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Survival of the Hippest: Life at the Top of the Hot 100

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Abstract

We analyze the survival characteristics of recordings that reached the number one spot on the U.S. popular music charts over the period 1955 to 2003. Our results show that there has been a statistically significant change in the time spent at number one since “album cuts” were included in the compilation of Billboard’s Hot 100. Survival time is significantly improved if the recording is by a female solo artist, or if it is an instrumental tune. We also find a significant “Elvis effect”.

Suggested Citation

  • David E. Giles, 2005. "Survival of the Hippest: Life at the Top of the Hot 100," Econometrics Working Papers 0507, Department of Economics, University of Victoria.
  • Handle: RePEc:vic:vicewp:0507
    Note: ISSN 1485-6441
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    References listed on IDEAS

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    1. Andrew Burke, 1996. "The dynamics of product differentiation in the British record industry," Journal of Cultural Economics, Springer;The Association for Cultural Economics International, vol. 20(2), pages 145-164, June.
    2. W. David Walls, 1998. "Product survival at the cinema: evidence from Hong Kong," Applied Economics Letters, Taylor & Francis Journals, vol. 5(4), pages 215-219.
    3. Chung, Kee H & Cox, Raymond A K, 1994. "A Stochastic Model of Superstardom: An Application of the Yule Distribution," The Review of Economics and Statistics, MIT Press, vol. 76(4), pages 771-775, November.
    4. Connolly, Marie & Krueger, Alan B., 2006. "Rockonomics: The Economics of Popular Music," Handbook of the Economics of Art and Culture, Elsevier.
    5. David Maddison, 2004. "Increasing returns to information and the survival of broadway theatre productions," Applied Economics Letters, Taylor & Francis Journals, vol. 11(10), pages 639-643.
    6. Hamlen, William A, Jr, 1991. "Superstardom in Popular Music: Empirical Evidence," The Review of Economics and Statistics, MIT Press, vol. 73(4), pages 729-733, November.
    7. De Vany, Arthur S & Walls, W David, 1997. "The Market for Motion Pictures: Rank, Revenue, and Survival," Economic Inquiry, Western Economic Association International, vol. 35(4), pages 783-797, October.
    8. Paul Meier & Theodore Karrison & Rick Chappell & Hui Xie, 2004. "The Price of Kaplan-Meier," Journal of the American Statistical Association, American Statistical Association, vol. 99, pages 890-896, January.
    9. Eric Strobl & Clive Tucker, 2000. "The Dynamics of Chart Success in the U.K. Pre-Recorded Popular Music Industry," Journal of Cultural Economics, Springer;The Association for Cultural Economics International, vol. 24(2), pages 113-134, May.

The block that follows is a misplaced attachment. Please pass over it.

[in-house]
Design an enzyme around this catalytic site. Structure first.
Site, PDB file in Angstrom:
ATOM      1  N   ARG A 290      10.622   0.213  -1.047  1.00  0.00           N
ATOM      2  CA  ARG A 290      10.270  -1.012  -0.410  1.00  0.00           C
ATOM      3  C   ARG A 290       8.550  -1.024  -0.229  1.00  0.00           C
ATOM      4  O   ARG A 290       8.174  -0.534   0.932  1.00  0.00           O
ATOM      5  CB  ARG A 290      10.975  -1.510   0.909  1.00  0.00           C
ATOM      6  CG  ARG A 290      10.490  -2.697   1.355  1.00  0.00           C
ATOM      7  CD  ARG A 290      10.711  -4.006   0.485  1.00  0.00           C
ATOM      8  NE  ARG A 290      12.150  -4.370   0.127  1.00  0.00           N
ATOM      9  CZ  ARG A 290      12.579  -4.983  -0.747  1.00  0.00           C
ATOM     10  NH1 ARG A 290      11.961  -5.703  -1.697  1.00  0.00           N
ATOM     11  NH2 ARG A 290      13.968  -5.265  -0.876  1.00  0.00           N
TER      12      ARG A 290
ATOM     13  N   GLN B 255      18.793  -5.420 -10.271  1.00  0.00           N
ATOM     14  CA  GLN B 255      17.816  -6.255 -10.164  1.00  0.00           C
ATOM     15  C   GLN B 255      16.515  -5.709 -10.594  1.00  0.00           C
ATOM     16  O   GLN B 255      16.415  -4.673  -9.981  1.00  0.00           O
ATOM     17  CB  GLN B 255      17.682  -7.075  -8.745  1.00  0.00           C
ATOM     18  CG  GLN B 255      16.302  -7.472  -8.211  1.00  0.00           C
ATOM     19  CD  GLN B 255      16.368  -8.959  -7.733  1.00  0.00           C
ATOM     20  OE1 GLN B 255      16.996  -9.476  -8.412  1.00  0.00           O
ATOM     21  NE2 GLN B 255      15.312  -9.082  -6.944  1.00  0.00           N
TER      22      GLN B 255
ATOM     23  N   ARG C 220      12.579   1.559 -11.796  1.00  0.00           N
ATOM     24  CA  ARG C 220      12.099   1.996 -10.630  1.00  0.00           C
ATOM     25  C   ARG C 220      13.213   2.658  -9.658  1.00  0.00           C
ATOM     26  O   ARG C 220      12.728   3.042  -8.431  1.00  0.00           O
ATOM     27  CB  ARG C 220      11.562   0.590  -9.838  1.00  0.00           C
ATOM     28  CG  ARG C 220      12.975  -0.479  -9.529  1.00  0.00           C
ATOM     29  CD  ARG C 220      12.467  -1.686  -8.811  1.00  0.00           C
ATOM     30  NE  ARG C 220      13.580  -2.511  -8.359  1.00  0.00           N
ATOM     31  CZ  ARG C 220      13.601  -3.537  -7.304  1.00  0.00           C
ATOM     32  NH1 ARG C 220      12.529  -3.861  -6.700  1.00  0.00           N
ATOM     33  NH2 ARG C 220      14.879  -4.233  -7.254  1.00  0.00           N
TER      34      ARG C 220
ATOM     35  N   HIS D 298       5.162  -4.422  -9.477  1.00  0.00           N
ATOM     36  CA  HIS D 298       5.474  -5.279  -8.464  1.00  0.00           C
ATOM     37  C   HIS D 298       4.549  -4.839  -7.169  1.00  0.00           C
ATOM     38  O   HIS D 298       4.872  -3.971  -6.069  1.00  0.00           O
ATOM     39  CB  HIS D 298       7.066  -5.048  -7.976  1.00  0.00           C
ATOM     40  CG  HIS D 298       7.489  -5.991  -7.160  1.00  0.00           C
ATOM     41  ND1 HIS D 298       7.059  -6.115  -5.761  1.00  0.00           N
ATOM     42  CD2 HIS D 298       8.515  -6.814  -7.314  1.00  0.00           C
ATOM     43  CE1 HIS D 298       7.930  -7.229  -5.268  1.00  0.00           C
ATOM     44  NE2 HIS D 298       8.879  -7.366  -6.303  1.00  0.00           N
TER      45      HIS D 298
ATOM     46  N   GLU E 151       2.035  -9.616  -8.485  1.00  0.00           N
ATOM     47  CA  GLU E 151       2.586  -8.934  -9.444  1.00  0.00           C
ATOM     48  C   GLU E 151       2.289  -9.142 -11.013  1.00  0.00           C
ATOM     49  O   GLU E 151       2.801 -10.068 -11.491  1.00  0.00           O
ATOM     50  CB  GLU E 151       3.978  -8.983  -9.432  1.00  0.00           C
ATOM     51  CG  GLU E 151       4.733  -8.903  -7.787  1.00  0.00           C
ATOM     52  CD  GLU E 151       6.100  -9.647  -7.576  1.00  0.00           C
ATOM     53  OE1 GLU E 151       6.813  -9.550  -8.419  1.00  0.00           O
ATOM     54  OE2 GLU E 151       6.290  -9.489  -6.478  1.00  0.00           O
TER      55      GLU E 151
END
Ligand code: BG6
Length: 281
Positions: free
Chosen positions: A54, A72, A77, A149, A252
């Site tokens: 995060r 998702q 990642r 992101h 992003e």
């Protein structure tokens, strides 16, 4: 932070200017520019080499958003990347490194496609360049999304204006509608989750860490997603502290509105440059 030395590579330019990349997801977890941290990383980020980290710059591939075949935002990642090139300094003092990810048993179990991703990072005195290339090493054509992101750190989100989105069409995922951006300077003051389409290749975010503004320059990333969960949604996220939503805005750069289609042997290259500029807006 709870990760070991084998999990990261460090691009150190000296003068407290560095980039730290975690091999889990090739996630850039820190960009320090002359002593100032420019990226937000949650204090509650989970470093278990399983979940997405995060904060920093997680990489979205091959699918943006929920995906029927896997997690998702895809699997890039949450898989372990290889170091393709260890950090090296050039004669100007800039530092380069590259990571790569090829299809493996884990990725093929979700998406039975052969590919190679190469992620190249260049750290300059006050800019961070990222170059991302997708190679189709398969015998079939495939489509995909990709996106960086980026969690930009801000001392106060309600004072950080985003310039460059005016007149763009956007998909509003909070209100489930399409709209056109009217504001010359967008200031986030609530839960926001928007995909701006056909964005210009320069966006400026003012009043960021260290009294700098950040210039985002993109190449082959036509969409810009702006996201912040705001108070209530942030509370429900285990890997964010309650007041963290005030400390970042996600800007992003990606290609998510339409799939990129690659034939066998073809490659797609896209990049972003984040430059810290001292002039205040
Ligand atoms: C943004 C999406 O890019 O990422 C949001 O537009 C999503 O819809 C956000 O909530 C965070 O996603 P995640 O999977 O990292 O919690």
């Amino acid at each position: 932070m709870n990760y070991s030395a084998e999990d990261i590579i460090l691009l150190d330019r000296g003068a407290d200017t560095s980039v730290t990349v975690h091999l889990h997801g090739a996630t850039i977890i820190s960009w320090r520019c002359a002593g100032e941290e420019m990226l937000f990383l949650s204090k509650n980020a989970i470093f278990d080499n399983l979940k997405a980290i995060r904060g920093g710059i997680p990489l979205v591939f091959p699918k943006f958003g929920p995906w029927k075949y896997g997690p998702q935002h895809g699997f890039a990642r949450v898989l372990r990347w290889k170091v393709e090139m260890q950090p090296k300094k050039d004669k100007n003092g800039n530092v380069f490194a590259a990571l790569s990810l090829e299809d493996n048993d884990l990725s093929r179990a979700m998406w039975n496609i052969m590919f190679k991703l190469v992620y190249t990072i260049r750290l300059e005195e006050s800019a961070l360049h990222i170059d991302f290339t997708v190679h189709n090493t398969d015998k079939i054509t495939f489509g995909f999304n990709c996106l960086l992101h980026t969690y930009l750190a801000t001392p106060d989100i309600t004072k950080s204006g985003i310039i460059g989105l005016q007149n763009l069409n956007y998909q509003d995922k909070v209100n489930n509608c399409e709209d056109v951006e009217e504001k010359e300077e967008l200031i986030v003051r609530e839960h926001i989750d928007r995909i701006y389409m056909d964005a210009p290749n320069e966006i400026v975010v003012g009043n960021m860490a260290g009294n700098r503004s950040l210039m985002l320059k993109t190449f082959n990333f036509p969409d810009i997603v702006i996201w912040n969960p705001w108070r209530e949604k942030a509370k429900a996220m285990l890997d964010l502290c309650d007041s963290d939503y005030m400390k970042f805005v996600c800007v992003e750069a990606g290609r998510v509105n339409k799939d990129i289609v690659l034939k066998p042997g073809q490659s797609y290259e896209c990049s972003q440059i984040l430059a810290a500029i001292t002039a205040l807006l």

10. Jeffrey S. Simonoff, 2003. "An Empirical Study of Factors Relating to the Success of Broadway Shows," The Journal of Business, University of Chicago Press, vol. 76(1), pages 135-150, January.
    11. Marie Connolly & Alan Krueger, 2005. "Rockonomics: The Economics of Popular Music," Working Papers 878, Princeton University, Department of Economics, Industrial Relations Section..
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    Cited by:

    1. David Giles, 2007. "Increasing returns to information in the US popular music industry," Applied Economics Letters, Taylor & Francis Journals, vol. 14(5), pages 327-331.
    2. Giles, David E., 2006. "Superstardom in the US popular music industry revisited," Economics Letters, Elsevier, vol. 92(1), pages 68-74, July.
    3. Samuel Cameron, 2016. "Past, present and future: music economics at the crossroads," Journal of Cultural Economics, Springer;The Association for Cultural Economics International, vol. 40(1), pages 1-12, February.
    4. Andrés González-Moralejo, S & Compés López, R, 2009. "Problemas contractuales y acuerdos de subcontratación: El caso de la logística frigorífica en la industria alimentaria valenciana/," Estudios de Economía Aplicada, Estudios de Economía Aplicada, vol. 27, pages 279(30á)-27, Abril.
    5. Ruby Shih & David E. A. Giles, 2006. "Modelling the Duration of Interest Rate Spells Under Inflation Targeting in Canada," Econometrics Working Papers 0605, Department of Economics, University of Victoria.
    6. Ronnie J. Phillips & Ian C. Strachan, 2016. "Breaking up is hard to do: the resilience of the rock group as an organizational form for creating music," Journal of Cultural Economics, Springer;The Association for Cultural Economics International, vol. 40(1), pages 29-74, February.

    More about this item

    Keywords

    Popular music; hit tunes; survival function; hazard function; duration model;

    JEL classification:

    • C16 - Mathematical and Quantitative Methods - - Econometric and Statistical Methods and Methodology: General - - - Econometric and Statistical Methods; Specific Distributions
    • C49 - Mathematical and Quantitative Methods - - Econometric and Statistical Methods: Special Topics - - - Other
    • Z11 - Other Special Topics - - Cultural Economics - - - Economics of the Arts and Literature

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